Square Inc. has based its sales pitch on the ease of plucking its mobile card reader off a store’s shelf and suddenly being able to accept swiped card payments.
But Square’s new “Business in a Box” product, which starts at $299, aims to attract merchants that have more complex needs. It can include a cash drawer and a receipt printer, which merchants would otherwise have to purchase separately.
The move has converted at least one Square holdout, the proprietor of a 30-year-old donut shop in Santa Monica, Calif. Asked if he’d use Square previously, Sean Tao, who owns DK’s Donuts and Bakery, says: “No.”
“Because I do need a cash register. I do need a printer. And I’d have to find my own [if I used Square], and you don’t know if it’s compatible with the iPad,” says the 25-year-old, who inherited his business from family members about three years ago. “It was more of a headache. [Before] you’d have to go out of your way to make it work.”
Tao began using the bundled “box” in early December, after receiving a cold call from a Square representative.
Now, he runs roughly 95% of his card payment processing through Square, keeping his old point-of-sale system (which he describes as more expensive) for emergencies, such as when the Wi-Fi in his shop isn’t working.
“I try to process as many [transactions] as I can through Square,” he says.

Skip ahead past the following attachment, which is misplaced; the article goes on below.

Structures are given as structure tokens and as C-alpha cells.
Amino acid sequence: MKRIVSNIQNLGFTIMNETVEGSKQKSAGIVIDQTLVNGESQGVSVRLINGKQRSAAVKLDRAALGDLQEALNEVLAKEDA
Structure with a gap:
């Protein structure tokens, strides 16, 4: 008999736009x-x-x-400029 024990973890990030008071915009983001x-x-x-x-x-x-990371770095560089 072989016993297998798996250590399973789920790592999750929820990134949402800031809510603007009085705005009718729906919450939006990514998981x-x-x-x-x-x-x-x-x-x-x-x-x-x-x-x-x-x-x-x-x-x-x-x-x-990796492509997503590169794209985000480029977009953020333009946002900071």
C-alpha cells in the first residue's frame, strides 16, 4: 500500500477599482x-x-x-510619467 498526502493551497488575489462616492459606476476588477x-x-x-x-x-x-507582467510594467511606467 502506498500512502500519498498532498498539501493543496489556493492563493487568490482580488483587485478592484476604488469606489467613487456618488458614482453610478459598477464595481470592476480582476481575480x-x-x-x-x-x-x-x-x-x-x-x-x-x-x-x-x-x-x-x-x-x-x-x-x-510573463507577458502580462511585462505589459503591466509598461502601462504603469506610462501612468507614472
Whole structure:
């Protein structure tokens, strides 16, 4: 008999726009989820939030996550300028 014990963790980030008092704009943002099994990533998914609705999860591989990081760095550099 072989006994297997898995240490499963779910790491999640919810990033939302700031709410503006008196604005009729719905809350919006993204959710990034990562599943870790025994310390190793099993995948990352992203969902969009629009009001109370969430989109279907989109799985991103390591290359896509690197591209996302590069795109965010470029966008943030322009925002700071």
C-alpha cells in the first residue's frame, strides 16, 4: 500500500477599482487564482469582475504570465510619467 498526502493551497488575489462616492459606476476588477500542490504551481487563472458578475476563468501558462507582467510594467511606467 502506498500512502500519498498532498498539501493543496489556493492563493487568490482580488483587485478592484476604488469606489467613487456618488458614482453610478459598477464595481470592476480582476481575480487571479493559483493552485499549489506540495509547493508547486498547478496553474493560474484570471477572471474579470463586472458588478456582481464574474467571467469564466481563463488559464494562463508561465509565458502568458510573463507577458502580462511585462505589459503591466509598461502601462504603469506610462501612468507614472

Square apparently has struggled to win over other merchants to its portable card reader.
Jack Azimi, who owns Rockwell’s Restaurant in New York, couldn’t accept credit and debit cards after Superstorm Sandy because his phone line was knocked out.
Azimi would seem like the perfect candidate for a mobile card reader, but he couldn’t use Square because he didn’t own a smartphone to plug the device into, he says.
“You don’t think of those things when everything is going right,” he said in an interview last month.
Even Starbucks, which famously invested $25 million in Square last year and uses the company for processing, has never agreed to use its hardware.
Square’s new bundle marks the first time it has charged for its hardware. The switch constitutes a stark change for the Silicon Valley company.
“I think it’s notable,” says Brian Riley, a senior research director in the retail banking and cards practice at CEB Towergroup. “What Square is finding out quickly, and only because they grew so fast, is that you can’t approach cards from a single angle, and [right now] that’s kind of what the Square model does — it’s a device that plugs into a phone.”
Already, Riley notes, many others have copied that model, after Square legitimized the market — TSYS, VeriFone (unsuccessfully) and PayPal, to name just a few.
Then, too, others already offer bundles similar to Square’s “Business in a Box.”
For instance, NCR is selling its point of sale payment system — which costs $499, and comes with a $79 a month fee (waived for the first month after purchase) — at Staples.
The NCR package includes NCR’s Silver card reader, a cash register, an iPad stand and a cash drawer.
“You can’t be a one-trick pony in this business and survive,” says Riley. “[And] you can’t diminish that these guys [Square] have a million customers.”